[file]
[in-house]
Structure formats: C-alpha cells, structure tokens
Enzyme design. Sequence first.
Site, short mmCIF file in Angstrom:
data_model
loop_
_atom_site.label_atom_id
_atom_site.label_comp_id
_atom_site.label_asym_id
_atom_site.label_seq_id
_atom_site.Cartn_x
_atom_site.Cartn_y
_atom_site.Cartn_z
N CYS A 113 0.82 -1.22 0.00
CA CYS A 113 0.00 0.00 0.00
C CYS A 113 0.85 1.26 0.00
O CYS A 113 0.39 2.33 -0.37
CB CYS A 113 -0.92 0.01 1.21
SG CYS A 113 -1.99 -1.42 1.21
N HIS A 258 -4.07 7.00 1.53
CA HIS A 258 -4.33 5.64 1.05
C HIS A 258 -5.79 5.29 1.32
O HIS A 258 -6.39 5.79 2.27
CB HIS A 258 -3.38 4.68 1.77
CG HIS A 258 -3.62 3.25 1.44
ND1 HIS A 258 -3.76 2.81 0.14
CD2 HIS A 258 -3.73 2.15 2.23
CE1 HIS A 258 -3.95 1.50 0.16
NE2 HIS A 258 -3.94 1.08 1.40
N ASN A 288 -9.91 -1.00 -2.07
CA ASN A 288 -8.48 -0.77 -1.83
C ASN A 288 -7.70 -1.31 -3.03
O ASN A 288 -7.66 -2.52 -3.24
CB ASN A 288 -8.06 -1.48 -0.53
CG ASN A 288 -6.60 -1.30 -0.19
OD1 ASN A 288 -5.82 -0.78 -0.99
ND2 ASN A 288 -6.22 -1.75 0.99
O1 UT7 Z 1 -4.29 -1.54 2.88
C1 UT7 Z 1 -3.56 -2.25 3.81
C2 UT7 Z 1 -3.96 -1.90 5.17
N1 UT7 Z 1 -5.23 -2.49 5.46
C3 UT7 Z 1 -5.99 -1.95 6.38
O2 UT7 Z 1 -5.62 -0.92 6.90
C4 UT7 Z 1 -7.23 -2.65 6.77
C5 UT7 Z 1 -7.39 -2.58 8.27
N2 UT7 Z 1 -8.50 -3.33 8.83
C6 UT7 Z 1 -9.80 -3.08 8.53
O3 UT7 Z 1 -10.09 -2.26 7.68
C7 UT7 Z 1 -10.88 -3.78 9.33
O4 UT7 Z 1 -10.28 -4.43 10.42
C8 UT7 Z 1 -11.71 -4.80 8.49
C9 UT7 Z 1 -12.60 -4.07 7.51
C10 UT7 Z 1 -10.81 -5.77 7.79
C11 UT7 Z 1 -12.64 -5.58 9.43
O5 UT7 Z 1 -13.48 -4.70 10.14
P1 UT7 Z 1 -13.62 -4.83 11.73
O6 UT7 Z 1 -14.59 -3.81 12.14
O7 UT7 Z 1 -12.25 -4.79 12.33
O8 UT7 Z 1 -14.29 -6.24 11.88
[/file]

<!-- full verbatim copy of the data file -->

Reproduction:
[in-house]
Structure formats: C-alpha cells, structure tokens
Enzyme design. Sequence first.
Site, short mmCIF file in Angstrom:
data_model
loop_
_atom_site.label_atom_id
_atom_site.label_comp_id
_atom_site.label_asym_id
_atom_site.label_seq_id
_atom_site.Cartn_x
_atom_site.Cartn_y
_atom_site.Cartn_z
N CYS A 113 0.82 -1.22 0.00
CA CYS A 113 0.00 0.00 0.00
C CYS A 113 0.85 1.26 0.00
O CYS A 113 0.39 2.33 -0.37
CB CYS A 113 -0.92 0.01 1.21
SG CYS A 113 -1.99 -1.42 1.21
N HIS A 258 -4.07 7.00 1.53
CA HIS A 258 -4.33 5.64 1.05
C HIS A 258 -5.79 5.29 1.32
O HIS A 258 -6.39 5.79 2.27
CB HIS A 258 -3.38 4.68 1.77
CG HIS A 258 -3.62 3.25 1.44
ND1 HIS A 258 -3.76 2.81 0.14
CD2 HIS A 258 -3.73 2.15 2.23
CE1 HIS A 258 -3.95 1.50 0.16
NE2 HIS A 258 -3.94 1.08 1.40
N ASN A 288 -9.91 -1.00 -2.07
CA ASN A 288 -8.48 -0.77 -1.83
C ASN A 288 -7.70 -1.31 -3.03
O ASN A 288 -7.66 -2.52 -3.24
CB ASN A 288 -8.06 -1.48 -0.53
CG ASN A 288 -6.60 -1.30 -0.19
OD1 ASN A 288 -5.82 -0.78 -0.99
ND2 ASN A 288 -6.22 -1.75 0.99
O1 UT7 Z 1 -4.29 -1.54 2.88
C1 UT7 Z 1 -3.56 -2.25 3.81
C2 UT7 Z 1 -3.96 -1.90 5.17
N1 UT7 Z 1 -5.23 -2.49 5.46
C3 UT7 Z 1 -5.99 -1.95 6.38
O2 UT7 Z 1 -5.62 -0.92 6.90
C4 UT7 Z 1 -7.23 -2.65 6.77
C5 UT7 Z 1 -7.39 -2.58 8.27
N2 UT7 Z 1 -8.50 -3.33 8.83
C6 UT7 Z 1 -9.80 -3.08 8.53
O3 UT7 Z 1 -10.09 -2.26 7.68
C7 UT7 Z 1 -10.88 -3.78 9.33
O4 UT7 Z 1 -10.28 -4.43 10.42
C8 UT7 Z 1 -11.71 -4.80 8.49
C9 UT7 Z 1 -12.60 -4.07 7.51
C10 UT7 Z 1 -10.81 -5.77 7.79
C11 UT7 Z 1 -12.64 -5.58 9.43
O5 UT7 Z 1 -13.48 -4.70 10.14
P1 UT7 Z 1 -13.62 -4.83 11.73
O6 UT7 Z 1 -14.59 -3.81 12.14
O7 UT7 Z 1 -12.25 -4.79 12.33
O8 UT7 Z 1 -14.29 -6.24 11.88